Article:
In the days following the Brexit vote, a team from the National Theatre of Great Britain spoke to people nationwide, aged 9 to 97, to hear their views on the country we call home. In a series of deeply personal interviews, they heard opinions that were honest, emotional, funny, and sometimes extreme. These real testimonials have been interwoven with speeches from party leaders of the time in this new play by Carol Ann Duffy, Poet Laureate, and director Rufus Norris.
"Tired of the shouty voices from Westminster, he decided to turn away from London and start an in-depth listening project to try to understand the roots of the divide that had fractured the country. The work aims to capture the anger and shock of the summer of 2016 and to shed some light on how we got to this point."
To help ensure as many thoughts and opinions were captured, Norris recruited a number of regional 'gatherers' to conduct interviews across the country. Glasgow based Campbell Lawrie, spoke to WhatsOnStage about how he reached out to our own community to ensure local voices were heard in this new verbatim piece. "People were tired of being lied to and people just didn't trust politicians"
|The cast of My Country with director Rufus Norris, gatherer Campbell Lawrie and some of the interviewees from Glasgow.|
The gatherers were encouraged to speak to as many different people as possible as The Guardian details: "Rufus' 'gatherers' spoke to shepherds and hill farmers, shop workers and locum doctors, children and pensioners, people working in the fishing industry, people without work, citizens trying to come to terms with a rapidly changing nation. Norris listened to and transcribed 80 hours of interviews over Christmas and has simultaneously been working to write and rehearse the play"
Norris spoke to Neil Cooper at The Herald about his time listening to the interviews from Scotland. "Everyone we spoke to in Scotland about Brexit talked about it in relation to the Scottish referendum...there was a lot of anger there. If they'd known what was going to happen with Brexit then they might not have voted the way they did. Scottish people we spoke to on the whole were better informed than in some other areas. There was a much more politicised environment, and people were much more engaged with notions of nationhood and community."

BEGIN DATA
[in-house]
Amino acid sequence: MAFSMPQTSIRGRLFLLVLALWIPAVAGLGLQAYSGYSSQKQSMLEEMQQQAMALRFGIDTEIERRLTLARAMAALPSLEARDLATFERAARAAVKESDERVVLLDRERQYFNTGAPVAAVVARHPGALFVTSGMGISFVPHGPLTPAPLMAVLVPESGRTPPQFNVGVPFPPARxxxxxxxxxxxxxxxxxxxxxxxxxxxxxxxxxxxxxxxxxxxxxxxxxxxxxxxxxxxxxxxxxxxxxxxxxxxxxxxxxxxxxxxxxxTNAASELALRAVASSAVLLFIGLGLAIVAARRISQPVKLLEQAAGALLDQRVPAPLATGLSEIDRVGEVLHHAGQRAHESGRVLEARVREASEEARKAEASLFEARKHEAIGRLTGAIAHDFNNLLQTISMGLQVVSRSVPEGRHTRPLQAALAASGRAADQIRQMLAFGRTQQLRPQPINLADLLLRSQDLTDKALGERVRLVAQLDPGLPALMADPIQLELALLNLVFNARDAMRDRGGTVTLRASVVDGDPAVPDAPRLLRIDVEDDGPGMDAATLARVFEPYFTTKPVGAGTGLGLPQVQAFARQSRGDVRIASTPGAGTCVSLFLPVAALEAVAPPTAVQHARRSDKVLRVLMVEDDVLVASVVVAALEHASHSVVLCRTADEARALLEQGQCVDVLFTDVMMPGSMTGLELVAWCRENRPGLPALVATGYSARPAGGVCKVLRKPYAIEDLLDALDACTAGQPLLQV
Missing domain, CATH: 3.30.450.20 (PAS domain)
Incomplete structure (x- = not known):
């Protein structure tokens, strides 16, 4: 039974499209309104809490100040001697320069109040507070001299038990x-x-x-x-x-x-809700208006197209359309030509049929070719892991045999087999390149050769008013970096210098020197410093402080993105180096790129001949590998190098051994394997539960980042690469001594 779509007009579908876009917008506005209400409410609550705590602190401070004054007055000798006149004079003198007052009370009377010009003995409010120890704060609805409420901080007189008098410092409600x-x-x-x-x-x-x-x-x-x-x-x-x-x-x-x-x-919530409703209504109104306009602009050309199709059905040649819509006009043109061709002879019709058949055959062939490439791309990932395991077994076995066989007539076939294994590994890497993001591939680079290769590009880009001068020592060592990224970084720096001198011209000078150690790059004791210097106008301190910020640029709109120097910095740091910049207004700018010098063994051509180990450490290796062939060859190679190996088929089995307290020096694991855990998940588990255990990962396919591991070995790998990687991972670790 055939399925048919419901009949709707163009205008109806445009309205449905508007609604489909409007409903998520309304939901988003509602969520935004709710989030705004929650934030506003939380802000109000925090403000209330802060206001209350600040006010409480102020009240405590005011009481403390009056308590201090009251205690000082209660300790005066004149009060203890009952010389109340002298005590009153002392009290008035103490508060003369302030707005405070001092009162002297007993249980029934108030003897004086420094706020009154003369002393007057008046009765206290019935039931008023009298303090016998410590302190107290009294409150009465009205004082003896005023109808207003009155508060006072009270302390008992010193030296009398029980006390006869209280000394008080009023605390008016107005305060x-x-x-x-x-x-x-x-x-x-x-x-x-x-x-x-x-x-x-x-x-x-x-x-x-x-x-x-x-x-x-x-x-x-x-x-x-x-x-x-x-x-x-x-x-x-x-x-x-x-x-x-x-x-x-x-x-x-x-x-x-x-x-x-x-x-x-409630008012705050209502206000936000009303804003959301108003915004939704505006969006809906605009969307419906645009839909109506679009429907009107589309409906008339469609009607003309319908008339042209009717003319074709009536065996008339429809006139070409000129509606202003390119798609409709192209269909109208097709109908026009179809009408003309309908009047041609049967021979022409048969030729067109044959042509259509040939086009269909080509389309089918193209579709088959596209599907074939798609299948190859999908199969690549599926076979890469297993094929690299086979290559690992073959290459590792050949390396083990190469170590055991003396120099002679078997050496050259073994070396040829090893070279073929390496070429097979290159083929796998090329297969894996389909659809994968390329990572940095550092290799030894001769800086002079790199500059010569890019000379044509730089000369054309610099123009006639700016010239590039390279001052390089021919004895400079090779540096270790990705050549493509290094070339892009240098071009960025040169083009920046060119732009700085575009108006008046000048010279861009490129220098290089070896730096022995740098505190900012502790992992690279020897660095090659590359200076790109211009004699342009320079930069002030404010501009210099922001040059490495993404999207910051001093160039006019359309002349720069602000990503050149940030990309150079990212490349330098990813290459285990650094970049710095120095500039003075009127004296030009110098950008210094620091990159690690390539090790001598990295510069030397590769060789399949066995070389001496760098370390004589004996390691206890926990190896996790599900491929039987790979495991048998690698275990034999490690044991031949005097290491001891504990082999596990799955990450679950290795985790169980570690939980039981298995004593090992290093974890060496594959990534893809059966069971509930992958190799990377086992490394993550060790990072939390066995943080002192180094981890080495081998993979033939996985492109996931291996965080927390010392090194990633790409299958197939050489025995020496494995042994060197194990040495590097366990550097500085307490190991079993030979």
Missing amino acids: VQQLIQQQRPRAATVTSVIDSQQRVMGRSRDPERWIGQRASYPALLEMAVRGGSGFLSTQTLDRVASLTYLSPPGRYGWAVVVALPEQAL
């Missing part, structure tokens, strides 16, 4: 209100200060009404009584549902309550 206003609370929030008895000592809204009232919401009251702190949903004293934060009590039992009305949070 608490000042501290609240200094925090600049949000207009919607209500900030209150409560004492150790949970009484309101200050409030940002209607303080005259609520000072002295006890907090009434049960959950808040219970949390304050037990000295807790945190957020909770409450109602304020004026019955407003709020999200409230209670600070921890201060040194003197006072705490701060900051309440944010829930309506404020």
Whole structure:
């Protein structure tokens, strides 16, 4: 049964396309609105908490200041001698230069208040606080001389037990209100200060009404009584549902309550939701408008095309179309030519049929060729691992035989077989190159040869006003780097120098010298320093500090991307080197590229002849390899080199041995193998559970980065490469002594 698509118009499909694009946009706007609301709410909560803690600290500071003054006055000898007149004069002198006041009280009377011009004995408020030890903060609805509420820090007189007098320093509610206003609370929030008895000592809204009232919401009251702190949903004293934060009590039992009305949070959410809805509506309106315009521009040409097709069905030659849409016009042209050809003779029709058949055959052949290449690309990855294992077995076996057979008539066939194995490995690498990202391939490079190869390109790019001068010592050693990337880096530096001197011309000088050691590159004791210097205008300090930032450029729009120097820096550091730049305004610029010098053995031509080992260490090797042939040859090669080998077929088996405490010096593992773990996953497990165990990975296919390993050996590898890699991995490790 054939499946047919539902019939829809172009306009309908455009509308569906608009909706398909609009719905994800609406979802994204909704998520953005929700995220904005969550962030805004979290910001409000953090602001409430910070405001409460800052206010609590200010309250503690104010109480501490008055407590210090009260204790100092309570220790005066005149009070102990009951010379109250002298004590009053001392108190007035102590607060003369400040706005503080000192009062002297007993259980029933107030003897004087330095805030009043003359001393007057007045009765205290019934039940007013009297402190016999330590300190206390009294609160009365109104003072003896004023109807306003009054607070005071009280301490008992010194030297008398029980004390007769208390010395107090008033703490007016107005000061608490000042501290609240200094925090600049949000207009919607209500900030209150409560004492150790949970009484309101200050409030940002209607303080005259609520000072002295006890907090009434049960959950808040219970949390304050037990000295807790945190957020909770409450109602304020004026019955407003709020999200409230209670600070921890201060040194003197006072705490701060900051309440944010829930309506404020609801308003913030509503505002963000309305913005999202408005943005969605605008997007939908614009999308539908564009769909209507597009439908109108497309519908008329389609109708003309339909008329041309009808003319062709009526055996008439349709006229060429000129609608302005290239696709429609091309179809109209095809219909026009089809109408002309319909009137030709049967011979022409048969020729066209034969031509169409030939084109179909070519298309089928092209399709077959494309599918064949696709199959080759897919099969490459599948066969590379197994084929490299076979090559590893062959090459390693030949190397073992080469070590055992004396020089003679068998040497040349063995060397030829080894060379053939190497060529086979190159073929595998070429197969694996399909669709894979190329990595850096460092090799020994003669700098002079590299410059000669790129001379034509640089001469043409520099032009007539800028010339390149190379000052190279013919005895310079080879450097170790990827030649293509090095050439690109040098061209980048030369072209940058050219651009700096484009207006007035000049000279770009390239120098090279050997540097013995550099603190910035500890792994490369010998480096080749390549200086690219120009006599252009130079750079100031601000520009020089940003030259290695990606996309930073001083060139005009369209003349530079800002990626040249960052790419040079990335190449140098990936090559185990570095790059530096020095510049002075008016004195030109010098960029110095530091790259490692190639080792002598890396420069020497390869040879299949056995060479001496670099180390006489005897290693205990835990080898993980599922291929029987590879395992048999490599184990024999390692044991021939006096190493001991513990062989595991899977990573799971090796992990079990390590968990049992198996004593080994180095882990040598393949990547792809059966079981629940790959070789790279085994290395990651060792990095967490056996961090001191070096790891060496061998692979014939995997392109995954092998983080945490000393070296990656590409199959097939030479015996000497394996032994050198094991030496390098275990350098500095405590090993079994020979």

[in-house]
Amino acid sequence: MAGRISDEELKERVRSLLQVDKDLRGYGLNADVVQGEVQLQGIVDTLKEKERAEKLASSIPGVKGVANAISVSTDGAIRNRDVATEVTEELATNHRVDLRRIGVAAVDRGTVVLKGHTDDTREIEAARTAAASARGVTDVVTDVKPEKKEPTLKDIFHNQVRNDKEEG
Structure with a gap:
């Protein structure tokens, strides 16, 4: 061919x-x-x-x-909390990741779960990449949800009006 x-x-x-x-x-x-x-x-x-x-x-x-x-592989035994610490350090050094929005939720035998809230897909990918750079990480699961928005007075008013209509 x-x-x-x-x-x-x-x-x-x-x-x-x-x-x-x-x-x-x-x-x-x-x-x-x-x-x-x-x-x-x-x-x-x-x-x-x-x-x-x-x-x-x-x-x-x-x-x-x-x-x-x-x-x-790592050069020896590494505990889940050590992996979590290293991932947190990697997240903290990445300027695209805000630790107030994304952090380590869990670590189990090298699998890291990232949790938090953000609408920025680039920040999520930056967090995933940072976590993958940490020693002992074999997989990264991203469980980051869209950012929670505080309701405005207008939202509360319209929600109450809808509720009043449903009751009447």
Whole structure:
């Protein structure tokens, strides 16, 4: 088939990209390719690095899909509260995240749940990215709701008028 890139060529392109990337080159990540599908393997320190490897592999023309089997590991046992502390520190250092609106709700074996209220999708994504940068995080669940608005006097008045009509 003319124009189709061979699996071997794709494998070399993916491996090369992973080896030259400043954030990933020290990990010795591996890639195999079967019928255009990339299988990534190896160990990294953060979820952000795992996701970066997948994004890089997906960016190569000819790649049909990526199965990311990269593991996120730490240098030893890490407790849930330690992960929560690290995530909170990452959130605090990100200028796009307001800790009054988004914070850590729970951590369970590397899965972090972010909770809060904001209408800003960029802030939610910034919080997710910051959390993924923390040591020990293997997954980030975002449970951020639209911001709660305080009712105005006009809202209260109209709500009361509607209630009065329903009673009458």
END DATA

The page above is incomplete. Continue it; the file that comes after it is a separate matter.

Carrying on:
|Stuart McQuarrie plays Caledonia, the voice of the Scottish people in My Country; A Work in Progress.|
The result of My Country: A Work in Progress is a ninety minute piece of theatre which is dividing critics as much as Brexit is dividing the country. It has been called everything from "the worst show of the year" by Arts Desk to "uncategorisable brilliance" in the Independent.
Here's a taste of what the press and audiences are saying about My Country:
"The tone is at once serious-minded (these ambassadors are smart-casually dressed, bearing briefcases, holding aloft photos of the interviewees at the start) and tongue-in-cheek (their arrival heralded by a combative blast of Frankie Goes To Hollywood's Two Tribes)."
"The play is often very funny, always very warm. The voices are gently treated, allowing the multiplicity of Britishness to fill the stage, encouraging empathy and a willingness to understand ... it is compassionate, funny and insightful."
"The resulting 80-minute show, jointly credited to the poet laureate, Carol Ann Duffy, and Rufus Norris, is never dull but tends to confirm what we already knew: that the referendum has revealed just how fractious and divided we are as a nation."
"Playfully directed by Norris, the verbatim material is vigorously delivered"
28 MAR - 1 APR
Created in collaboration with; Citizens Theatre, Curve, Derry Playhouse, Live Theatre, National Theatre Wales, Sage Gateshead, Salisbury Playhouse and Strike A Light Festival in association with Cusack Projects Limited.